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Top Strategies To Help New Employees Become Productive Team Members

A record number of people have been quitting their jobs in what has been dubbed the “great resignation.” But for employers and companies, the show must go on.

And with more people quitting and finding alternative sources of income, it’s crucial that employers find the best and most productive new employees to fill empty roles. Then, they must offer solid onboarding and create an environment that encourages high-quality work.

If you’re a leader in your company, here are the top strategies that will help your new hires become productive team members.

Choose Strong Candidates When Hiring

While this may seem obvious, it’s still important to mention: to have productive team members, you should focus on only hiring candidates who exemplify productivity.

Ideally, candidates will already have a proven track record of success in another organization. They can easily point to past work experiences where they displayed productivity, commitment, and drive.

It can take time to find the best new hires, but it’s worth the wait. Then, when you’ve found candidates with potential, you can start doing your part to boost their productivity in your team.

Set a Positive Example

After selecting strong candidates to join your company, it’s time to move to new hire onboarding and training.

During this time, it’s imperative to set a positive example and model company culture. If productivity is at the heart of your company’s philosophy, communicate this to new employees and demonstrate it in your own work. This will make expectations clear and encourage new team members to put forth the effort needed to complete tasks.

It’s important to remember that while productivity should be a priority, employees are more than workhorses. They’re people with their own personal lives, problems, and feelings.

In the past, the professional and the private were clearly separated. But that approach is too outdated for today’s world.

A more modern approach is to lead with authenticity, openness, and trust. Trust employees, and in turn they will trust you. Then, if a problem arises that will hinder their productivity, they’ll be more likely to confide in you in order to find a solution.

In short, setting a positive example means exemplifying your own high productivity, while bringing a personal touch to your position as a leader.

Clearly Define Roles

For new hires to be productive, they need to know exactly what they’re working to produce in the first place. That means that roles should be clearly defined even before employment begins.

You can do this by giving them a clear title, providing a list of their core responsibilities, and offering detailed breakdowns of workflows and tasks as much as possible.

In some cases, roles can change and evolve based on personal strengths and interests. But to start, narrow down the exact function of a new employee’s role so they’ll understand what’s expected of them.

That will save a lot of time and confusion, which will help boost confidence and productivity.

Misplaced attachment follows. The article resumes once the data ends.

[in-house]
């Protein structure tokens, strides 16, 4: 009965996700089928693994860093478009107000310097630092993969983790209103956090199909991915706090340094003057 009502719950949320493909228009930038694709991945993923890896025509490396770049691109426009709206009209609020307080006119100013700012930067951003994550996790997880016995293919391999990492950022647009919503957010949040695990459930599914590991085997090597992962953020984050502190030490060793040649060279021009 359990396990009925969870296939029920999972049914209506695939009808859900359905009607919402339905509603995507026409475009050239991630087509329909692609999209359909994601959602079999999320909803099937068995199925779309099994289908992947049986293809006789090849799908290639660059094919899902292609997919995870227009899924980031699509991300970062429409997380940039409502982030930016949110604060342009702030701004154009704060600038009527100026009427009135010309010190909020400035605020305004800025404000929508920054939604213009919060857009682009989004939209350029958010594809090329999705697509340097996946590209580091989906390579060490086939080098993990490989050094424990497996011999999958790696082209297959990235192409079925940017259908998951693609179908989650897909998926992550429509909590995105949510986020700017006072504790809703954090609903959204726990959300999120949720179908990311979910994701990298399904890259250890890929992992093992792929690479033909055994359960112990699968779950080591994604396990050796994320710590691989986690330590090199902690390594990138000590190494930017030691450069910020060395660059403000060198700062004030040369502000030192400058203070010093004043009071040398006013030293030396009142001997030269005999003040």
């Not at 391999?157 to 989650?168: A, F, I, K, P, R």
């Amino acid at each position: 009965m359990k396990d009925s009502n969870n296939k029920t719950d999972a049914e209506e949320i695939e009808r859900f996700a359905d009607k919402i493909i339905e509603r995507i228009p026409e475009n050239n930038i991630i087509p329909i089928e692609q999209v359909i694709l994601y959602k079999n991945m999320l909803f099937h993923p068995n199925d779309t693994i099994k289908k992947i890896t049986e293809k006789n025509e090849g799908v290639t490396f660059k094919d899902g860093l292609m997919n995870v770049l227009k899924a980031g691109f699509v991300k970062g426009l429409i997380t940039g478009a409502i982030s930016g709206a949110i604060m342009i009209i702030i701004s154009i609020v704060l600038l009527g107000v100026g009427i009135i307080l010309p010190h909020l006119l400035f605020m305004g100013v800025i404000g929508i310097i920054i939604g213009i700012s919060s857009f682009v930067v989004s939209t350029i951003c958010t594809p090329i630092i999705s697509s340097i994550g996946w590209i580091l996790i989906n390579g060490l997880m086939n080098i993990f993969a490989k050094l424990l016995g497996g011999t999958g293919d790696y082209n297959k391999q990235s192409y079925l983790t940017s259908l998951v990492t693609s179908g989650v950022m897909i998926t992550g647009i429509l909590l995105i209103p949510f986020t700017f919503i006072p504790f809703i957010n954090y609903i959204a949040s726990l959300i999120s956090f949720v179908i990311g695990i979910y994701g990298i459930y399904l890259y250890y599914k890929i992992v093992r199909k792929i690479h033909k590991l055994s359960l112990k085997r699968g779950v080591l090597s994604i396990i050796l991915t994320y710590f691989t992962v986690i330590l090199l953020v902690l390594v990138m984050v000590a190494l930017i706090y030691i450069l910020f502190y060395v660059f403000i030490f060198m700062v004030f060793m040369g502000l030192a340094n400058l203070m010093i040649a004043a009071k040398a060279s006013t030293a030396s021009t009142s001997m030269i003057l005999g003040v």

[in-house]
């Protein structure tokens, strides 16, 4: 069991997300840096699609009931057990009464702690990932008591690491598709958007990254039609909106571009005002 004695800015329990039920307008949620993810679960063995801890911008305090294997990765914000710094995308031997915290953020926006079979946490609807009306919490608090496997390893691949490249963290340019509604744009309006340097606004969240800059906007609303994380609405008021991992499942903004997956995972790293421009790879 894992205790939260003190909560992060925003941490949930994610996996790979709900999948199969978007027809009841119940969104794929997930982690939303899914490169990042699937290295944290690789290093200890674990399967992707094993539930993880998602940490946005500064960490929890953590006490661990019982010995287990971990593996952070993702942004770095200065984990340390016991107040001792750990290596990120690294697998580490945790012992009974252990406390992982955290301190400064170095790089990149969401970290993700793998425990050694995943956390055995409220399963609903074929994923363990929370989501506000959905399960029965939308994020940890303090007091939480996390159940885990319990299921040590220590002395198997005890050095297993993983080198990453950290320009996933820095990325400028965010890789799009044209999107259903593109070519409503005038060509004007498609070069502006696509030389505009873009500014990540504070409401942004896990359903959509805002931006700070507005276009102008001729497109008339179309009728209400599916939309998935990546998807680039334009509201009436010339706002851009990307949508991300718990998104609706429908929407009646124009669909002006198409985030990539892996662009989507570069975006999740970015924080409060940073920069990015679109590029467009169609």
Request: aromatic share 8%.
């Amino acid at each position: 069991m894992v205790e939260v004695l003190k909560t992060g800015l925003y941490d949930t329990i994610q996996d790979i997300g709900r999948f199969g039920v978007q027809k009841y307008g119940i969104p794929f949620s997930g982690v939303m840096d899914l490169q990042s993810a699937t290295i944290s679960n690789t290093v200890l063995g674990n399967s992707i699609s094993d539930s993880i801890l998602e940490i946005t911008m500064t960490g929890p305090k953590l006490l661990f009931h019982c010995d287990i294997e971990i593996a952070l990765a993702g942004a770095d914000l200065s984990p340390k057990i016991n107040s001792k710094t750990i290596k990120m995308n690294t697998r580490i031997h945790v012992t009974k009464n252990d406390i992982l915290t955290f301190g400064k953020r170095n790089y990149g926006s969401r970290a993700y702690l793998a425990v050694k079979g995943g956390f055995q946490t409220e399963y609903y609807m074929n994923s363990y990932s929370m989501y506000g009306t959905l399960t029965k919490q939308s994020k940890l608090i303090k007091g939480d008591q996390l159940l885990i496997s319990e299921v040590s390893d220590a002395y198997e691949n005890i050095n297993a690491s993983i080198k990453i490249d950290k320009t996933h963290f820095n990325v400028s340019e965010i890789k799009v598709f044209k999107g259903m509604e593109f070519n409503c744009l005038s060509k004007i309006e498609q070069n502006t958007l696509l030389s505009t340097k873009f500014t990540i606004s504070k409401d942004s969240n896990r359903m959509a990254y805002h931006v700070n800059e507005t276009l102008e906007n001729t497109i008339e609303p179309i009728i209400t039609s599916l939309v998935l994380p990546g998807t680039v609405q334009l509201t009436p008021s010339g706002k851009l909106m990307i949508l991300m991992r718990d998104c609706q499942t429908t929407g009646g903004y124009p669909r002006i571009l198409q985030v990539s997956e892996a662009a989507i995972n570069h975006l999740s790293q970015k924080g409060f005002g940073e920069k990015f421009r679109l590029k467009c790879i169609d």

Prioritize Efficiency When Onboarding

Onboarding is essential and shouldn’t be skipped. During the onboarding period, necessary paperwork is shared and signed, company policies are discussed, and the employee is formally introduced to their department and team.

But reducing onboarding time can help new employees get straight to more hands-on training and work experience. Then, they can start finding their spot in their new team, building relationships and becoming familiar with their new work environment.

Onboarding software can cut time wasted during the onboarding process so you and your employees can focus on the work that needs to be done. You can find an automated and modernized software solution at

Delegate With Seasoned Employees

When hiring new employees, you shouldn’t forget your more experienced employees. In fact, it’s essential to include them in the process of integrating new people into the team.

Meet with current employees to discuss their role in supporting and training new hires. They should be prepared to welcome and work alongside new team members and take over some responsibilities while new employees are still learning.

That way, your team can maintain their high output, and recent hires won’t get overwhelmed from taking on too many new tasks at once.

Balance Autonomy and Assistance

Some employees will thrive in an independent work environment. Others will require some help and collaboration to reach their highest potential.

While learning about new employees’ preferences, it’s best to combine both approaches. Give them freedom to learn at their own pace and work according to their own style, but also be available to answer questions and offer help.

While no one likes feeling micromanaged, new employees won’t already know how to complete every task. Clear some time in your schedule to offer support or troubleshoot issues during the beginning phase of a new hire’s employment.

Set Achievable Goals

Setting SMART goals will keep your new hires on track and motivated. Without these goals, they won’t know what’s expected of them, making it easier to lose focus and slow productivity.

These goals should be set relatively quickly after hiring someone new. But don’t expect them to be able to hit targets immediately.

Communicate exactly what goals they should be working to achieve, and set realistic timelines for them to achieve them. When possible, have new employees work toward their goals in increments.

For example, you can direct them to achieve 25% of the goal within the first month of employment, 50% during the second month, and 75% during the third month. That would put them on track to reach 100% of the goal after four months of employment.

And keep in mind that the goals for new hires will often differ from more experienced employees. If goals aren’t realistic or achievable for fresh hires, they may lose steam early in their job, which can be difficult to repair later.